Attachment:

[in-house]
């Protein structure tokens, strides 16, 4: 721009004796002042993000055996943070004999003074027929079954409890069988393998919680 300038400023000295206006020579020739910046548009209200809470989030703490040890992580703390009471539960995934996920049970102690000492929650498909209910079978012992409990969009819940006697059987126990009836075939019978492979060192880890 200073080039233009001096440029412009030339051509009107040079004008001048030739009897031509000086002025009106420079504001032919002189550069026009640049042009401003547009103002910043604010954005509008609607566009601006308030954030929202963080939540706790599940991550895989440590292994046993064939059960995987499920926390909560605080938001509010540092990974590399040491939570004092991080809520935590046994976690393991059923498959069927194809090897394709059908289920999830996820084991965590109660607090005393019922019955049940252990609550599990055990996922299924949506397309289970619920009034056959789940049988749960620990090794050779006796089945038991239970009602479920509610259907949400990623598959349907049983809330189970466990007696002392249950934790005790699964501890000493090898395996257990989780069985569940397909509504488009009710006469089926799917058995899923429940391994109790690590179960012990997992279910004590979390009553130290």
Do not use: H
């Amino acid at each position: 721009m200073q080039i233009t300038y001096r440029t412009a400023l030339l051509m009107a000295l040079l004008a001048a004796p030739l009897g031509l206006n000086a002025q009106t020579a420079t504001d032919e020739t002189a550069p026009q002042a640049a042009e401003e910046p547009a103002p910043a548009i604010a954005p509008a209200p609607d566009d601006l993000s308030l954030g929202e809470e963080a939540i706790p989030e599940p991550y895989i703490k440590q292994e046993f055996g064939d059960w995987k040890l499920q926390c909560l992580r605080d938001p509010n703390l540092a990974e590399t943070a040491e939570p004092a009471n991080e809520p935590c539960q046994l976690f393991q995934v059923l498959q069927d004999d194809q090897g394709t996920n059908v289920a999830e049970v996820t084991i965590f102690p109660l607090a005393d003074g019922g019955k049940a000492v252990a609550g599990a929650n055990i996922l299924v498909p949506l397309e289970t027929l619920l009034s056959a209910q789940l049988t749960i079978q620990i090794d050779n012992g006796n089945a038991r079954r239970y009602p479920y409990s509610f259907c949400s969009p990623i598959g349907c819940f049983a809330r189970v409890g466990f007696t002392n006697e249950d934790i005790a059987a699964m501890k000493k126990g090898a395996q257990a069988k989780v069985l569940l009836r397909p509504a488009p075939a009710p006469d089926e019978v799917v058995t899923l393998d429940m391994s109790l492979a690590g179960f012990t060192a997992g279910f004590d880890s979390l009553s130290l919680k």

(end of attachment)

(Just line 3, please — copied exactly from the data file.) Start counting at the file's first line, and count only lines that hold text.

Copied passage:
Do not use: H